Both have a place, but if I could choose, I would probably go with a tiller!

Marty
 

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'81 H22 & '86 Legend 37
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For me it feels unnatural to sit to one side and hold a wheel. I have a tendency to want to turn it the wrong way. I've seen other folks who have only sailed wheel boats have the same tendency when steering with a tiller.

If you have a boat with a big barn door rudder hanging off the back of a full keel, a tiller wouldn't be all that great though.
 

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say that to folkboats, contessas, aries, dreadnaughts, westsails, many steel boats, the list goes on

barn door rudders are the easiest btw to adapt a simple trimtab rudder windvane system that cost pennies LIKE MOTISSIER has on his books versus the massively over priced monitor oil rigs for example...

barn door rudders and tillers go hand in hand...old school and fine performers...easy to fix and decent feel
 

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The Monitor is more expensive because it is all stainless steel.

A barndoor type skeg or full keel mounted rudder will typically have higher tiller effort than a balanced rudder. While this may not be a big deal for a trim tab windvane on a larger boat, when you want to steer the boat yourself it gets tiring. I would consider a wheel to be a better option on a larger boat with a barndoor rudder.
 

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stainless steel is not expensive...in reality its that they are so overpriced as are hydrovanes and other mircaulous windvanes

I could steer my folkboat with a tip of my finger or sometimes solo sail with a bungee tied off to the tiller

its not the size or displacement of boat that makes a barn door rudder work or not its how well designed the overall boat is and underbody...

I sailed a 39 foot jouvel nivel steel boat most of the way around with some friends...he had a skeg mounted rudder that was real heavy...but well balanced...it required no more effort to move at speed or not than a small keelboat...

again I stress if well designed its simply not true that you need MUCH MORE EFFORT

ps...its also harder and slower to go lock to lock on wheeled rudders than tillers...thats one very great advantage tillers have over wheels

cheers
 

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stainless steel is not expensive...in reality its that they are so overpriced as are hydrovanes and other mircaulous windvanes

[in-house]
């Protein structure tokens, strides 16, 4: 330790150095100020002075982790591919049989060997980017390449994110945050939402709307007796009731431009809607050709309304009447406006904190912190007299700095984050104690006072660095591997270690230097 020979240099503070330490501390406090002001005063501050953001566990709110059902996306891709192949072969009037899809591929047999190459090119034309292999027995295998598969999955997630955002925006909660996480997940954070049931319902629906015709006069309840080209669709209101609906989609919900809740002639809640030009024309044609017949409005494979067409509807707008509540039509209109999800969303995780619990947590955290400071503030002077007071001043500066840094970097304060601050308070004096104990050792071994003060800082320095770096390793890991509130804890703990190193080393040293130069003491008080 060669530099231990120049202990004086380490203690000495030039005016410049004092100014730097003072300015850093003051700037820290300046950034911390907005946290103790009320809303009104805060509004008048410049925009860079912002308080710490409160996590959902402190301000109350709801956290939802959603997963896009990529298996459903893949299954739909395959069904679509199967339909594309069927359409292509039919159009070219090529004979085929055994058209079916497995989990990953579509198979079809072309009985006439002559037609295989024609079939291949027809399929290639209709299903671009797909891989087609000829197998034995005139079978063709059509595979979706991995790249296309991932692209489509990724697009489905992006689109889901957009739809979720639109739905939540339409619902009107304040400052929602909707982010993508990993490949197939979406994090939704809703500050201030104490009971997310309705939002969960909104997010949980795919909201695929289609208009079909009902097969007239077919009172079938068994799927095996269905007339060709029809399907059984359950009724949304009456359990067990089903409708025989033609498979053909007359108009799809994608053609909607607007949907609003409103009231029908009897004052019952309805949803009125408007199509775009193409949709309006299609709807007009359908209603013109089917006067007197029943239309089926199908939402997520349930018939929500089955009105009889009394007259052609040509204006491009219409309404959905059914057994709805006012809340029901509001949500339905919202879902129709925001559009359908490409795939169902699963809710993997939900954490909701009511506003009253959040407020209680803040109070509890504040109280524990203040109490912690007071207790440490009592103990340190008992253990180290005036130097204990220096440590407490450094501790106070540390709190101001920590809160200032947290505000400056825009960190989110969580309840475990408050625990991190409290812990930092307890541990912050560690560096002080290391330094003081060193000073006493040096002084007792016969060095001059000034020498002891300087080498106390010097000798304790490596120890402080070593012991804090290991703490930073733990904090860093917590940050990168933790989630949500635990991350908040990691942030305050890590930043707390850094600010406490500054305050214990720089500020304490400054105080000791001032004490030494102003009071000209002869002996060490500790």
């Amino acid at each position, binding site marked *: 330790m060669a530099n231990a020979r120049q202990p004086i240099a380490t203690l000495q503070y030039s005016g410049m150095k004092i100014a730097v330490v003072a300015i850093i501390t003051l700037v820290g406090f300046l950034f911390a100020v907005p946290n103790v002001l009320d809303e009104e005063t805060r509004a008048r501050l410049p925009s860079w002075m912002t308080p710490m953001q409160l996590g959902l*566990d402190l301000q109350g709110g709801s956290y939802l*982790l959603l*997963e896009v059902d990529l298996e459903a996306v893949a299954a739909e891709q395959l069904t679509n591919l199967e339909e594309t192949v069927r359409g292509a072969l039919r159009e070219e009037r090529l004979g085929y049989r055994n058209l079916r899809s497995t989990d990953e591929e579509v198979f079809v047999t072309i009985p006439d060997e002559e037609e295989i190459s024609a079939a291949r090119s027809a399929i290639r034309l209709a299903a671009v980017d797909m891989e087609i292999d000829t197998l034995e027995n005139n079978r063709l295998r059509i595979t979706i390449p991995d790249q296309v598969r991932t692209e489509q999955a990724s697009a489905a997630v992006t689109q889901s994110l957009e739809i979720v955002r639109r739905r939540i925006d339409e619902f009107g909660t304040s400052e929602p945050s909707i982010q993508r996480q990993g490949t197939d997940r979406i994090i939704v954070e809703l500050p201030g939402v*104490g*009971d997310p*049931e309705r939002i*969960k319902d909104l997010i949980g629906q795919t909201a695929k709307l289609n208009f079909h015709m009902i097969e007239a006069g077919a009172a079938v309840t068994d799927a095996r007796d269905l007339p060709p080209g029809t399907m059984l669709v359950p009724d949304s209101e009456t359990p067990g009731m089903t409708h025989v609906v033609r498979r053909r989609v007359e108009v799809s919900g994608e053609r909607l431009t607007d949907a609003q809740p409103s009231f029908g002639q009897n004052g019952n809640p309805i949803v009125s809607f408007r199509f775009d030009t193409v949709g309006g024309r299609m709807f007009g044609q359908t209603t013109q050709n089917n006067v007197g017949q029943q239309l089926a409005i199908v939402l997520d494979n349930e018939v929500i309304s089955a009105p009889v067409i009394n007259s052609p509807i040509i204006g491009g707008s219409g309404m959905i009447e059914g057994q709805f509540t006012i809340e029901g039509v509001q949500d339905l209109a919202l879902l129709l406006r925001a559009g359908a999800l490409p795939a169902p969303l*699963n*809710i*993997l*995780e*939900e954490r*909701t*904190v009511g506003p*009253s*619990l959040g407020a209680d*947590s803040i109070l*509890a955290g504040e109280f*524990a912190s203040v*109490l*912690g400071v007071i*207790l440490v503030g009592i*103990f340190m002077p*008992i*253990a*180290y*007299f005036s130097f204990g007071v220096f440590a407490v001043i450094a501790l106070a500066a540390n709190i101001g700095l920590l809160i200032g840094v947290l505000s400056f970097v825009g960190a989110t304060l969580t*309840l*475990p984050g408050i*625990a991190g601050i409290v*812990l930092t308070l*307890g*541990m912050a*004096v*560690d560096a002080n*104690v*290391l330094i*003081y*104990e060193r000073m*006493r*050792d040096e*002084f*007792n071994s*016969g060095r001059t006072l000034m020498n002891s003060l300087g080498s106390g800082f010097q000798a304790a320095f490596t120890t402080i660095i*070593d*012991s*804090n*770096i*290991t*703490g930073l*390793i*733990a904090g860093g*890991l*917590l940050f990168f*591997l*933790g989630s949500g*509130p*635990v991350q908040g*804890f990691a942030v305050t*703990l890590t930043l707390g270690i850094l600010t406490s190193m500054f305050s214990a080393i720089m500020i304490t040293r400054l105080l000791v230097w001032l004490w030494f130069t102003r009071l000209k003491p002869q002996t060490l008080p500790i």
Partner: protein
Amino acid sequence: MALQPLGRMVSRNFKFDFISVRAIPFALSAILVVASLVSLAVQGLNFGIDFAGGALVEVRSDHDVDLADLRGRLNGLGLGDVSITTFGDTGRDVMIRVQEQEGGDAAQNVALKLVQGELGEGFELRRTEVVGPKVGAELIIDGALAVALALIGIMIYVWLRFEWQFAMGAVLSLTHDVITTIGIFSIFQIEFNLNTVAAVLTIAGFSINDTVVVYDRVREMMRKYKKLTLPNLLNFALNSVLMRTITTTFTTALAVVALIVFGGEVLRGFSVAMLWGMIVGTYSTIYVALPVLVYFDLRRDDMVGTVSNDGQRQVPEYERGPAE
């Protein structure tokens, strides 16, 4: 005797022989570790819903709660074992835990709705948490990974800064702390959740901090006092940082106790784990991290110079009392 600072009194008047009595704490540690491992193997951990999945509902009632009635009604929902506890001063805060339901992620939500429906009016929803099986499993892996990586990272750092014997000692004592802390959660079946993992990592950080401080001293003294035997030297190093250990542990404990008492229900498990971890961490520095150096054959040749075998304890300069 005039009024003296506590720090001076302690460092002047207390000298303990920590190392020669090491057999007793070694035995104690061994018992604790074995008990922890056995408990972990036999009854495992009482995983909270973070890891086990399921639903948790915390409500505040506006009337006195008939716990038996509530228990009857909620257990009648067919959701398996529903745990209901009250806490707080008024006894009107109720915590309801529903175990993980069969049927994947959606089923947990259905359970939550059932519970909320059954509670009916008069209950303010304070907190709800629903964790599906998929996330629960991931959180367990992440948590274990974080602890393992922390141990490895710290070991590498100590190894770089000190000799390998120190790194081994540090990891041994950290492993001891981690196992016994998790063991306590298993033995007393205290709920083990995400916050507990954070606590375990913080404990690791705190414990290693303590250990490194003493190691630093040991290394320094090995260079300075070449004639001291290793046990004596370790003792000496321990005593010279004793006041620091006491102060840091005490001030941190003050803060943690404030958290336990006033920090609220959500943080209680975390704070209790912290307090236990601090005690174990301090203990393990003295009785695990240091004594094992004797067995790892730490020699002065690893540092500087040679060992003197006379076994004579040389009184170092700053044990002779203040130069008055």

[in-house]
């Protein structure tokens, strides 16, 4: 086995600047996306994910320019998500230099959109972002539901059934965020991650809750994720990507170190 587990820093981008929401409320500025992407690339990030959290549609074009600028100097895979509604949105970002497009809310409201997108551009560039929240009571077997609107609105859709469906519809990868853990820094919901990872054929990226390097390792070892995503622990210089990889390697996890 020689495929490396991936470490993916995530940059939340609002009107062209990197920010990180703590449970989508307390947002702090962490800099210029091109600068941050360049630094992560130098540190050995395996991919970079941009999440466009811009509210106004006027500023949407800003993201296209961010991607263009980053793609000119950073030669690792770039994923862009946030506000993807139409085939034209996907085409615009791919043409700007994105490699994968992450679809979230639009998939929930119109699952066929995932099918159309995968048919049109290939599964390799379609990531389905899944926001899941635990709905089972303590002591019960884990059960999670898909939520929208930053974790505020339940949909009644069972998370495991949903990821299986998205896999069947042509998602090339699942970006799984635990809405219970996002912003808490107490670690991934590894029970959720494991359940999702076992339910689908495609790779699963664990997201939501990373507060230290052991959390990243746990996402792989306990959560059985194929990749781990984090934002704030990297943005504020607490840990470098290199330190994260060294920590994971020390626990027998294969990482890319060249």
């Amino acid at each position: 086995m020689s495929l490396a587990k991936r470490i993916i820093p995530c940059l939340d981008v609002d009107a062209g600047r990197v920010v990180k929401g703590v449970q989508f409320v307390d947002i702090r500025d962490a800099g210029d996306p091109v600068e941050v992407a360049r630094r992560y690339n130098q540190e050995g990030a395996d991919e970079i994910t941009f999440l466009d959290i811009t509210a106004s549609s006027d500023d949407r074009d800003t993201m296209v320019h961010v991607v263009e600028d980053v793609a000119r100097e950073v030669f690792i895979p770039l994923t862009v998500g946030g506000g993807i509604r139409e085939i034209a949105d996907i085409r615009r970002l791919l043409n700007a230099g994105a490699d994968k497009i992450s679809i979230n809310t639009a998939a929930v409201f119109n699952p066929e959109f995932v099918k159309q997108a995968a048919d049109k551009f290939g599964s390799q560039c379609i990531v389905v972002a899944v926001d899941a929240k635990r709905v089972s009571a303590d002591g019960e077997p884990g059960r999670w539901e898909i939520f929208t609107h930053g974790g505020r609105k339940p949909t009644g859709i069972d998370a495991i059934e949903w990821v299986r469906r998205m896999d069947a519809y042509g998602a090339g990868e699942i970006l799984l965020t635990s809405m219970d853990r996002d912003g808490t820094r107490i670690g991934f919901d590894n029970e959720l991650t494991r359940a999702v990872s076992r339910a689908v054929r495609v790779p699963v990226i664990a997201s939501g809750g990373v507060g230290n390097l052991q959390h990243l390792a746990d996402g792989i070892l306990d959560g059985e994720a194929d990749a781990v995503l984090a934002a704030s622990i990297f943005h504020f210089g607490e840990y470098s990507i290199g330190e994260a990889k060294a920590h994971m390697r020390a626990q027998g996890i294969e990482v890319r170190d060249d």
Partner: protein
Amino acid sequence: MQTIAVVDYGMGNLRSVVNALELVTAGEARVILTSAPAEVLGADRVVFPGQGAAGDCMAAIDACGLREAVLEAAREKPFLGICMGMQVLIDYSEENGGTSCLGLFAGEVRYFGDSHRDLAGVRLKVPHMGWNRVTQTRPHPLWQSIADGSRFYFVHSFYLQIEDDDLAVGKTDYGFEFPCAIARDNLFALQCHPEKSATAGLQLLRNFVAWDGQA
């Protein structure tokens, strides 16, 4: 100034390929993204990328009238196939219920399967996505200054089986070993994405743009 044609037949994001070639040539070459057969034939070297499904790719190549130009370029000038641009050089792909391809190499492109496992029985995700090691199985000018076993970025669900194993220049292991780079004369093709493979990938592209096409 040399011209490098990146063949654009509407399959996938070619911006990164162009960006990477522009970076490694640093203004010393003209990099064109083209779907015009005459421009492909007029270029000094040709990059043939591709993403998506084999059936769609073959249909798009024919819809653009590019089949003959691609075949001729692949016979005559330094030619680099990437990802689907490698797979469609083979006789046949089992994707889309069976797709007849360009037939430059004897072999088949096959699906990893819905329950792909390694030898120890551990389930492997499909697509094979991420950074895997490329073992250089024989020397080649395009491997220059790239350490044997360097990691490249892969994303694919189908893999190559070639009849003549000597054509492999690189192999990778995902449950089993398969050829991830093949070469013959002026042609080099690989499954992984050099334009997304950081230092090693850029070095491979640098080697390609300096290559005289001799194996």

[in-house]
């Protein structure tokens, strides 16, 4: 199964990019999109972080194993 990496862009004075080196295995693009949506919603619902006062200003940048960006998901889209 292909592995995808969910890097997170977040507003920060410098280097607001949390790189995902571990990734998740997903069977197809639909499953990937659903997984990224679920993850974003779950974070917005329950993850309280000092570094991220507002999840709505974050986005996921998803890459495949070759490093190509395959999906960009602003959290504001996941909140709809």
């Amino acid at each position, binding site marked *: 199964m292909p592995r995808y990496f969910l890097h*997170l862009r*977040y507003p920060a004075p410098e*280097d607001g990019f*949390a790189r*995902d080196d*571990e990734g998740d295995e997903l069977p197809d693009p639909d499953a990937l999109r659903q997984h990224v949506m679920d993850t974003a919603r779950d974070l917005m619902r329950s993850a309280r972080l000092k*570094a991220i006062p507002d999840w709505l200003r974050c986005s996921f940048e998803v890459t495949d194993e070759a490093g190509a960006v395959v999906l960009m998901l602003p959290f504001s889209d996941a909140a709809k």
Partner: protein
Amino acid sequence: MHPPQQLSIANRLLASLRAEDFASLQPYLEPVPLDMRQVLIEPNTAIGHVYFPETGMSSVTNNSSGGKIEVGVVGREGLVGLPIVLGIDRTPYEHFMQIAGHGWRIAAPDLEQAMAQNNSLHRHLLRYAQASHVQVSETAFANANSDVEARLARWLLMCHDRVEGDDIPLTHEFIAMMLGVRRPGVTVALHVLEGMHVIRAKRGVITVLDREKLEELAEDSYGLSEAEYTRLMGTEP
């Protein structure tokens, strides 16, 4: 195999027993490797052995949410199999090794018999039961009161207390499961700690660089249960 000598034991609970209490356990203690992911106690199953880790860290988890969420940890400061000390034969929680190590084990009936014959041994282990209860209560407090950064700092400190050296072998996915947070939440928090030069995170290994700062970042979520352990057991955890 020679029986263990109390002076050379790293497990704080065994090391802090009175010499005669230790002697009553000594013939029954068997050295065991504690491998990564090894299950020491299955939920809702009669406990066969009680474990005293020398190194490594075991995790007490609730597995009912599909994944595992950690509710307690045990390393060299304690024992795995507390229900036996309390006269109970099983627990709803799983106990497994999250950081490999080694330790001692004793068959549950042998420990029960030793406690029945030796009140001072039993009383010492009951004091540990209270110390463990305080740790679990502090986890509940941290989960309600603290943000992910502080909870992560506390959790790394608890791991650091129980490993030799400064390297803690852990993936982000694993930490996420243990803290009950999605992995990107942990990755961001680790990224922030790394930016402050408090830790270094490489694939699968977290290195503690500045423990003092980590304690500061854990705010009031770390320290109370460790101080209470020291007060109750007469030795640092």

Well, I'm not going to argue what's expensive or not expensive, overpriced or not overpriced. I will just say that Hans Bernwall and Ron Geick at Scanmar are excellent to work with in custom fitting a new windvane self-steering system on your boat. We are very pleased with it, and the quality of support.
 

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Boats under 30 feet (especially of light displacement) with wheels, drive me absolutely nuts.

So many "Master & Commander" wannabes jam that gear into the cockpits of itty-bitty daysailors and weekend cruisers.

I have a friend who inherited an O'Day 25 with wheel steering and SIX friggin' winches! She moved up to a Pearson 30 with wheel steering. This boat ended up needing a replacement steering cable. Even on a 30 foot boat, access to replace this cable was an abomination.

Look, I'm not rabidly anti-wheel. I agree that they have their place on certain boats but I don't feel that they belong on 20-30 foot weekenders of modest displacement, especially with poor access for installation and maintenance.

Don't give me that bunk about the tiller being a cockpit sweeper either. The tiller can be lifted over people's knees, handed off to the person on the other side, or shortened and a Ronstan Battlestick tiller extender can be added.

"Feel" has been mentioned several times. I agree that the feel of weather helm is diminished, but if you're sensitive you can still feel it. What I prefer, is the responsiveness of a tiller. I can move the rudder far faster with a tiller than a wheel. I can make faster steering corrections.

I often do distance races down the Chesapeake Bay. In the summer, this usually means driving upwind into a southerly, and a short chop. We actively steer around the worst of the "potholes" to avoid being jarred to a halt. I can dodge these far more effectively with a tiller.
 

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again lock to lock is very hard or much slower than on a tiller....